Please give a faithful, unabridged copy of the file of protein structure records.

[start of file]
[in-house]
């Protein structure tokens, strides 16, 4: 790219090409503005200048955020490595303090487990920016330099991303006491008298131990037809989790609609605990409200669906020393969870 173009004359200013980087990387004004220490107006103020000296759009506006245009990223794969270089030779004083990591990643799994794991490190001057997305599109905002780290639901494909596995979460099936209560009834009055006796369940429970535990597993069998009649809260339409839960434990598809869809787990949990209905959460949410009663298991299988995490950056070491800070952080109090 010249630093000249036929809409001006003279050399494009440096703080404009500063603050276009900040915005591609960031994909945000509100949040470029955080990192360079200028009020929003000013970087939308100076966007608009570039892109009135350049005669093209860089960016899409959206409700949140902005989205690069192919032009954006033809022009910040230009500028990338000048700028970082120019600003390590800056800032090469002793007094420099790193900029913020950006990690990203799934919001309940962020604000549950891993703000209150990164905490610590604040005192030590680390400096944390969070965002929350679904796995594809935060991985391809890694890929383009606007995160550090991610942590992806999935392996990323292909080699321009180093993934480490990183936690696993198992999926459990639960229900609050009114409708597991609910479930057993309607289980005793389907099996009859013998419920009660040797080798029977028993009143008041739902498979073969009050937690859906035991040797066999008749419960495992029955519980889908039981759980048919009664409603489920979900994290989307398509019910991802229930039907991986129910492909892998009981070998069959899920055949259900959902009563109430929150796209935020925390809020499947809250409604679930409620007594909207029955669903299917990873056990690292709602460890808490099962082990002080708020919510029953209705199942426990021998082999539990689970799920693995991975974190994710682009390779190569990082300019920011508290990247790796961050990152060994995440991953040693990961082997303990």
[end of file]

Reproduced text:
[in-house]
């Protein structure tokens, strides 16, 4: 790219090409503005200048955020490595303090487990920016330099991303006491008298131990037809989790609609605990409200669906020393969870 173009004359200013980087990387004004220490107006103020000296759009506006245009990223794969270089030779004083990591990643799994794991490190001057997305599109905002780290639901494909596995979460099936209560009834009055006796369940429970535990597993069998009649809260339409839960434990598809869809787990949990209905959460949410009663298991299988995490950056070491800070952080109090 010249630093000249036929809409001006003279050399494009440096703080404009500063603050276009900040915005591609960031994909945000509100949040470029955080990192360079200028009020929003000013970087939308100076966007608009570039892109009135350049005669093209860089960016899409959206409700949140902005989205690069192919032009954006033809022009910040230009500028990338000048700028970082120019600003390590800056800032090469002793007094420099790193900029913020950006990690990203799934919001309940962020604000549950891993703000209150990164905490610590604040005192030590680390400096944390969070965002929350679904796995594809935060991985391809890694890929383009606007995160550090991610942590992806999935392996990323292909080699321009180093993934480490990183936690696993198992999926459990639960229900609050009114409708597991609910479930057993309607289980005793389907099996009859013998419920009660040797080798029977028993009143008041739902498979073969009050937690859906035991040797066999008749419960495992029955519980889908039981759980048919009664409603489920979900994290989307398509019910991802229930039907991986129910492909892998009981070998069959899920055949259900959902009563109430929150796209935020925390809020499947809250409604679930409620007594909207029955669903299917990873056990690292709602460890808490099962082990002080708020919510029953209705199942426990021998082999539990689970799920693995991975974190994710682009390779190569990082300019920011508290990247790796961050990152060994995440991953040693990961082997303990």